A group of people running a marathon.

Keep Safe With Yoga

I’ve had a few requests recently regarding injuries which can occur whilst practising yoga and the best practise to avoid these. Its’s important to remember that we are all built differently and are wonderfully unique. Some of us have deeper set hips than others, tighter hamstrings or hyper mobile joints and it is important to modify our practice to suit the way we are built, pushing ourselves to the best of our capabilities safely whilst also finding acceptance of our limitations and keeping safe with yoga practice.

Healthy Spine

We cannot be too careful with our spines. Many of us have at least a slight hernia in the lumbar spine (L4/L5) area due to prolonged periods sitting at our desks. Many yoga teachers instruct forward folds with straight legs and rounding through the lower spine. This can apply unwanted pressure to this vulnerable area. For those with weaknesses around this area of the spine be mindful to keep the knees bent and the spine long as you bring your chest to your thighs. When releasing the posture to a standing position keep the knees bent and the back flat, engaging through the core, abdominal muscles to protect your spine.


Many flexible people are attracted to yoga as the complicated poses are easier for them and who doesn’t enjoy feeling as though they are good at something. However, those with more flexibility also tend to injure themselves more frequently as with flexibility also comes instability. Therefore, when a flexible student who hasn’t developed enough core strength folds forwards from the hips this puts immense strain on the top end of the hamstring tendon. This could result in a tear which could take a long while to repair. So what to do? Core, core, core. In yoga we refer to the muscles around our abdomen as our ‘core’ as it is the centre of our being. To keep safe in our yoga practice, It is so important to get and keep strength in our core for mobility, power, balance and protection of our spine. If you know you are hyper-mobile or are very flexible in some areas be mindful to concentrate your practice to asanas and sequences which work on strengthening your core. For more info on these exercises drop me an email at annamayayoga@yahoo.com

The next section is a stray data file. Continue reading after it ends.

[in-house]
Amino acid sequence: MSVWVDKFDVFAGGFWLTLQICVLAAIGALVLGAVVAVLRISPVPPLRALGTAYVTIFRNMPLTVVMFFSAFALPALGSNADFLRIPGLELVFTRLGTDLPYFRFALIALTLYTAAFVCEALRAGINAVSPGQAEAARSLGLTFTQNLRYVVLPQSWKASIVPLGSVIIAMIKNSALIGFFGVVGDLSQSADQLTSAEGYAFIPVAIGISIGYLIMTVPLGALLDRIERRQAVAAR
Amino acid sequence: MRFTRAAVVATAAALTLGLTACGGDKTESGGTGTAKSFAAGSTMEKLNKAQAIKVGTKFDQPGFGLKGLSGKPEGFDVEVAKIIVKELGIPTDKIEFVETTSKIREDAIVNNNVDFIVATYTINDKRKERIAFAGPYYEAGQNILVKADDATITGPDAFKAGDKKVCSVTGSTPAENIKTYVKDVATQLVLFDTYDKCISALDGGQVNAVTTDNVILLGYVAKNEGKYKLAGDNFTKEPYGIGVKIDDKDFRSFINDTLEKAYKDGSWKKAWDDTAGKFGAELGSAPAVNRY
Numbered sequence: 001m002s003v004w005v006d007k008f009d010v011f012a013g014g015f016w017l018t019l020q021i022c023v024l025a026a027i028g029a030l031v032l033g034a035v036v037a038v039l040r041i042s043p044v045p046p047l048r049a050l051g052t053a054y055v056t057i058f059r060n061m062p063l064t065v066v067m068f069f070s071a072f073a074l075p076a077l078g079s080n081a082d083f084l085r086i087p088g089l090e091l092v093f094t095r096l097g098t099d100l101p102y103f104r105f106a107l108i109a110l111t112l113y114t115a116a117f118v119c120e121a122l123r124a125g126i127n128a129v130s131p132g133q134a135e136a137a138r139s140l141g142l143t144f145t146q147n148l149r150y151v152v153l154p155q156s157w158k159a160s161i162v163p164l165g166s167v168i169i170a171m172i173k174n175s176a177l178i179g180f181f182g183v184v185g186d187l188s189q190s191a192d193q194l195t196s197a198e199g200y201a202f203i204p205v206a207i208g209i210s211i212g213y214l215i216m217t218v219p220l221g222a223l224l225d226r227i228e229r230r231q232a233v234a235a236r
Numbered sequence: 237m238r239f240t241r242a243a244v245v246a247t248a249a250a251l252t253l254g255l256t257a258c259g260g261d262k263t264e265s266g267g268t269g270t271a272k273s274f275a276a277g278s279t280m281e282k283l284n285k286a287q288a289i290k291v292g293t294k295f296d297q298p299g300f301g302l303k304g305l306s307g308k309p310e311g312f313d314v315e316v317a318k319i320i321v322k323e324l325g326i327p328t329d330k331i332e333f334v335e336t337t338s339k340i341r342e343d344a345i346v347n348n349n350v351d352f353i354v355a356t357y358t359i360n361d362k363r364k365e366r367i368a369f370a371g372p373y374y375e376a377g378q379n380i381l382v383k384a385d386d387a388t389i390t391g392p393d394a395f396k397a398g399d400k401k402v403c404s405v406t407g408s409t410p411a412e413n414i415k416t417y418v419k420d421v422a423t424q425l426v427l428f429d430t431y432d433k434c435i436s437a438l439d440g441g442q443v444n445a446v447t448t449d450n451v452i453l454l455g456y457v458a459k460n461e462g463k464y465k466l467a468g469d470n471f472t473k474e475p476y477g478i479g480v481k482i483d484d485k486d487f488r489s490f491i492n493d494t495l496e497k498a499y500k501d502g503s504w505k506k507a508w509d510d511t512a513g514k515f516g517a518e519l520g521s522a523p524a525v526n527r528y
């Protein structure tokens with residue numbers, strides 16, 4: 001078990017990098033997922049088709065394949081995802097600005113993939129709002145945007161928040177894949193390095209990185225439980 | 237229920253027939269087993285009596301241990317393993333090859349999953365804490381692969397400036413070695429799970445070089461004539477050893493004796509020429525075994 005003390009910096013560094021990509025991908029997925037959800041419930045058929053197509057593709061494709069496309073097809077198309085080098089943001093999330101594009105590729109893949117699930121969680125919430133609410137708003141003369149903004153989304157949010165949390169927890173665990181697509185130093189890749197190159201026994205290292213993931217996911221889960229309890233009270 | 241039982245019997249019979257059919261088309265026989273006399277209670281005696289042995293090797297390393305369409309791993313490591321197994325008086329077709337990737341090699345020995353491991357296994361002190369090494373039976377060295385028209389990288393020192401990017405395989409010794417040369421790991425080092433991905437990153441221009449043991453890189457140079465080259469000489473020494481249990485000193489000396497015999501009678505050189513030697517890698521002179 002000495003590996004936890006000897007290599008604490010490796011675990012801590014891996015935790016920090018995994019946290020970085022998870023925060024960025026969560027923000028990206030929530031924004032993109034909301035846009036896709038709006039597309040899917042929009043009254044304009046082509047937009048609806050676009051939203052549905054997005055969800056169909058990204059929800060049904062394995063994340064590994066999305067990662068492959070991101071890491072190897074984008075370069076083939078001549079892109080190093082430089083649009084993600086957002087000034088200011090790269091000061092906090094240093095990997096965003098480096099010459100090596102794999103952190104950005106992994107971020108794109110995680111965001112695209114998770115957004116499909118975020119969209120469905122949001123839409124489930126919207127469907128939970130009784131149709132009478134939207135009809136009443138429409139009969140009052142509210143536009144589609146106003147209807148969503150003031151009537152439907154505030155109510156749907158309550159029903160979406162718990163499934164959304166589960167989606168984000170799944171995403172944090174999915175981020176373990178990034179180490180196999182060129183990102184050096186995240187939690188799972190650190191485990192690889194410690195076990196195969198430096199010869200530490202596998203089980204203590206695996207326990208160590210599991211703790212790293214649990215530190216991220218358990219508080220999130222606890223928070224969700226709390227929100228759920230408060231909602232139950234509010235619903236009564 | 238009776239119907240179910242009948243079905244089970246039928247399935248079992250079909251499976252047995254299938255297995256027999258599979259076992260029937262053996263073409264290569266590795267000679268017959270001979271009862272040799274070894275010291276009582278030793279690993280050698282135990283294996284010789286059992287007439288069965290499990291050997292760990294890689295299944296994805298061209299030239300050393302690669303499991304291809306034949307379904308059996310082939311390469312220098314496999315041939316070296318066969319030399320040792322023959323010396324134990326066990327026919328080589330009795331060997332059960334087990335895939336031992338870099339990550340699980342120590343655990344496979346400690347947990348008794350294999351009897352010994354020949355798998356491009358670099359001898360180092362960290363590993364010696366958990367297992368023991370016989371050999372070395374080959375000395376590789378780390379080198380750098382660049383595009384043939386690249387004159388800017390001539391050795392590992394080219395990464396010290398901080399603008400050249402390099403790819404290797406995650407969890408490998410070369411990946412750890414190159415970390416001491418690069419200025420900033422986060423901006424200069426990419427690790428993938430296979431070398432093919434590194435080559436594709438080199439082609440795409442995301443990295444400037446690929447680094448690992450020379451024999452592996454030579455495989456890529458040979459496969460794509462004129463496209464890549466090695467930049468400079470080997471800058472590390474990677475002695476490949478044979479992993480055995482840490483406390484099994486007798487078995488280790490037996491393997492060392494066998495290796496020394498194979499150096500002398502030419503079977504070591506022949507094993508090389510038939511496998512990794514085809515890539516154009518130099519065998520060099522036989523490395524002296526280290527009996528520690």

The cervical spine is a delicate structure and must be handled with care. Particular care must be taken when working on shoulderstand and headstand as a lot of pressure can be misdirected to the neck if performed incorrectly. For headstand, you must be able to lift up using your core strength. If you cannot, then you aren’t ready for this asana just yet. The shoulders need to be retracted using the rhomboids, mid and lower trapeze muscles for stability. The neck should be extended in a neutral position and the weight must fall through the arms not the head. Asana which build core strength (boat, plank)and arm, shoulder strength (chaturanga dandasana, dolphin) are the best preparation for these more advanced postures.

So… keep safe and away from injury. Get to know your body and how you’re built and be mindful to adjust your practise accordingly to reap the most benefits.

For more information or to practice with me please click here.

Love and light.

Anney xx